Published: 2021-10-27

Risk factors for surgical site infections after caesarean section at Yaounde, Cameroon

Pierre M. Tebeu, Aurelien Kamdem, Jean P. Ngou-Mve-Ngou, Esther Meka, Jesse S. S. Antaon, Meukem Tegue Loic, Jeanne Fouedjio


Background: Surgical site infection is the invasion by microorganisms of the tissue layers affected by the surgical procedure. Maternal morbidity from infections has been shown to be higher after caesarean section compared to the vaginal delivery. Objective of the research was to analyze the risk factors associated with surgical site infections after caesarean section.

Methods: This was a cross sectional (affected/non affected) study approved by the institutional committee for ethics and research of the faculty of medicine and biomedical sciences. A total of 310 medical files were assessed, 62 files from patients with surgical site infections and 248 files from patients without any complications. The data was collected using a pretested questionnaire and analyzed using the statistical package for the social sciences (SPSS) software version 22.0. The Chi squared and the Fisher exact tests were used to assess homogeneity between the 2 groups. Odd ratio 95% confidence interval was used to assess the association between the variables.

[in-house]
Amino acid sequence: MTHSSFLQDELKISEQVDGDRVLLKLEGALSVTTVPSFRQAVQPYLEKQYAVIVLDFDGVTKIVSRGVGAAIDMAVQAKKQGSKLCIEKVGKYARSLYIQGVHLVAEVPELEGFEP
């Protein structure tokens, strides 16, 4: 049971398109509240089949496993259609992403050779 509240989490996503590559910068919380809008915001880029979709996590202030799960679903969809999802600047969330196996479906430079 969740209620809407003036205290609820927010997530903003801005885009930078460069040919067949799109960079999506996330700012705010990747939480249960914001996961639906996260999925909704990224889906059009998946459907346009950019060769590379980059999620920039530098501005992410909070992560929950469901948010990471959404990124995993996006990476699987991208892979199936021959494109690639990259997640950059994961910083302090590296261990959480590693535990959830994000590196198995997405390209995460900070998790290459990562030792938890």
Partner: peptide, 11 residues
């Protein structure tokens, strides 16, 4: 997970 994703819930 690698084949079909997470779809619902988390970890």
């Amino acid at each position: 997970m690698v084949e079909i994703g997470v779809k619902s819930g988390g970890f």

Results: The proportion of surgical site infections during the study was 1.81%. Factors associated with surgical site infections were premature rupture of membranes (OR: 2.065; 95% CI 1.051-4.05; p=0.035); the vertical midline incision (OR=5.26; 95% CI; 1.41-19.57; p=0.013) and a operation by a resident physician doctor (OR=1.98; 95% CI 1.09-3.59; p=0.02).

Conclusions: A factors associated with surgical site infections after caesarean section are a premature rupture of membranes, vertical midline incision and the qualification of the practitioner.


Risk factors, Frequency, Infection, Cesarean section

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